There are two centers of power in Libya: the UN-backed Government of National Accord in the west in Tripoli, which has little power and not much in the way of resources for the long-haul; and the Tobruk-based Libyan National Army led by General Khalifa Haftar in the east. In between them, there are smaller factions, the most notable of which is the ISIS offshoot around Sirte.
Locally, Haftar is in the stronger position. He commands considerable military power, controls the majority of the country’s oil-producing regions and has financial independence, and also has the international backing of Egypt, the UAE and Russia. These international connections have been critical in helping build parallel state institutions in Tobruk such as the Russia-backed Central Bank in the East, establish trade routes for the export of oil and so on. But they are also the fundamental constraint to Haftar’s ability to take over the rest of Libya and rebuild a unitary state.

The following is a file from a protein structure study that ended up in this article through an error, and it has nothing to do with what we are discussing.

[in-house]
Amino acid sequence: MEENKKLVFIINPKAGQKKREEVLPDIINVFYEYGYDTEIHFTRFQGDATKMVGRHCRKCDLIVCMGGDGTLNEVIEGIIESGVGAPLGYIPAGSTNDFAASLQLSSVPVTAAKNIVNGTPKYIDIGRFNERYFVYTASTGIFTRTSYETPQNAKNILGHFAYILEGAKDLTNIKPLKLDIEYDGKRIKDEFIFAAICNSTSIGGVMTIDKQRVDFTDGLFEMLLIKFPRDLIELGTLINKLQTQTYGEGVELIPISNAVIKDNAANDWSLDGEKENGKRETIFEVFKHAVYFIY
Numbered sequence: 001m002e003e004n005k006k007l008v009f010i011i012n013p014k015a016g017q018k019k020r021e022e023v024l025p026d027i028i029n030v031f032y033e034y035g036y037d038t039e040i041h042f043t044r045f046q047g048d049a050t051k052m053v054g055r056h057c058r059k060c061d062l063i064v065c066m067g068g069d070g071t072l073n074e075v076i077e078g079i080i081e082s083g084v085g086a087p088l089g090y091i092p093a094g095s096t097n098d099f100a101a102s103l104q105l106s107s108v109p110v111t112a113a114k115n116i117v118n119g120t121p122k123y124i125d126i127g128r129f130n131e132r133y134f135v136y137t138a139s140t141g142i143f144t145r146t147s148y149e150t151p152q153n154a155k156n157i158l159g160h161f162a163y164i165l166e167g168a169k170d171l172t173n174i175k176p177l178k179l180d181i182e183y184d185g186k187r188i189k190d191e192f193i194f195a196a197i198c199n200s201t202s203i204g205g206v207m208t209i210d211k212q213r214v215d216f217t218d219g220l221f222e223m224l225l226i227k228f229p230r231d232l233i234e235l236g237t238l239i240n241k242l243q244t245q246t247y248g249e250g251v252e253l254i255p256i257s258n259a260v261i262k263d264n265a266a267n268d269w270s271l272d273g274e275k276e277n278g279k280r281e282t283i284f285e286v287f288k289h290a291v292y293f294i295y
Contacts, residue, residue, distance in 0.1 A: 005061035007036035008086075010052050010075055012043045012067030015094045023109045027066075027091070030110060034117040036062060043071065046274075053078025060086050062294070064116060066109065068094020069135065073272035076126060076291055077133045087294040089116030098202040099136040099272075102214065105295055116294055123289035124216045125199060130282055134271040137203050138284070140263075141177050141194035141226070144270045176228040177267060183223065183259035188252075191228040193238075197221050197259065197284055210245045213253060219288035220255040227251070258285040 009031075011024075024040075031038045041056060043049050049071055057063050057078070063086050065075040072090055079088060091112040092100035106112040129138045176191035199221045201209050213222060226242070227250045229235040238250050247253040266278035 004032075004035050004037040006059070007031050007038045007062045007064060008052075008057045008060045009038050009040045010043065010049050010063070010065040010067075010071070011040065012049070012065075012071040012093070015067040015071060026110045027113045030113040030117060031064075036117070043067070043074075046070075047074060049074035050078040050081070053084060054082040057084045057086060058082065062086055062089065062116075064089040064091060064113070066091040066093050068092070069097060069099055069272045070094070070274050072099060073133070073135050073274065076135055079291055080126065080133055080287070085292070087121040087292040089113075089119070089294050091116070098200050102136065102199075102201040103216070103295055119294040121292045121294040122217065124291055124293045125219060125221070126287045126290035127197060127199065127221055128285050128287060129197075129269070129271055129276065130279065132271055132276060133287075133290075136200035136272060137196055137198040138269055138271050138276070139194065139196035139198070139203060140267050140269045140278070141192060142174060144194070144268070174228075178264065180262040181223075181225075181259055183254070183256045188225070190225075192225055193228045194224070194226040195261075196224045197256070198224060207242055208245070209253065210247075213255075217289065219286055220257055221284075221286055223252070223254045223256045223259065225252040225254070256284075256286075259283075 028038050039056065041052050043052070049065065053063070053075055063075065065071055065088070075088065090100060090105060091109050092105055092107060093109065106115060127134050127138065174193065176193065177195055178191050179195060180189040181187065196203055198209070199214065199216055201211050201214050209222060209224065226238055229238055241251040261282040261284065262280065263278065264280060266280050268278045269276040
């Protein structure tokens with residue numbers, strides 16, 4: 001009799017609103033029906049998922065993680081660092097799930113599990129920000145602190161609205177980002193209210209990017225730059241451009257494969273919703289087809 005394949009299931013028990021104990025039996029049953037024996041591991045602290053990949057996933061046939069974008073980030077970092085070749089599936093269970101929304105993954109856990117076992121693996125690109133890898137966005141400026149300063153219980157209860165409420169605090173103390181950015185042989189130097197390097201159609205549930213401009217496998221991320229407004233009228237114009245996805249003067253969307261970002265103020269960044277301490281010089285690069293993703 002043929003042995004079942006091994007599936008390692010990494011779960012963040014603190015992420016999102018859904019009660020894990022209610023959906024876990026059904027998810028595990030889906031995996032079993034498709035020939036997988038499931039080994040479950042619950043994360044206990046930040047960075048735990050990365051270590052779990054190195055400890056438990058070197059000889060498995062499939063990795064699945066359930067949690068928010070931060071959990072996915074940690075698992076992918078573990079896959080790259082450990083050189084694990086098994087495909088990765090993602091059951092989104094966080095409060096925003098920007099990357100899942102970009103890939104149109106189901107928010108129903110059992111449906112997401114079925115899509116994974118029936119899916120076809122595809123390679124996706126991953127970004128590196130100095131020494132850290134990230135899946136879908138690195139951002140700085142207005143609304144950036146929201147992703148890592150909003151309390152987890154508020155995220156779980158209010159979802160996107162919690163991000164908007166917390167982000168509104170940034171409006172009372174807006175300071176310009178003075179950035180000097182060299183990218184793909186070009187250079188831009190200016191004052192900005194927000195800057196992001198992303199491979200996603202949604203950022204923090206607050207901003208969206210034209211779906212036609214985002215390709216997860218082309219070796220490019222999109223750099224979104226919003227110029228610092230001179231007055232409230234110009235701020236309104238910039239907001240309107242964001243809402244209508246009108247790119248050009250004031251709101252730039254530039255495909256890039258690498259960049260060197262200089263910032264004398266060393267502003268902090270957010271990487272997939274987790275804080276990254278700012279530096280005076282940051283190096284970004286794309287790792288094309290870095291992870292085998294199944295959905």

Haftar is seen as, and not without justification, as a Russian client. Russia thinks of Haftar as the next Libya strong man who will continue the relation with Russia as it was with Qaddafi. This, combined with the fact that he does not have the international legitimacy of the Western-aligned ‘official’ government in Tripoli, means that although his parallel state infrastructure would have the capacity to take over the running of the whole country, whereas the Tripoli-led government does not, political calculations will stand in the way of the West conceding Libya to Haftar. They would, after all, also concede Libya to Russia.
The problem is that if Europe were to move to Haftar’s side and Haftar were to prevail and unite Libya, Haftar would still remain a Russian, rather than a European client.Dr. Azeem Ibrahim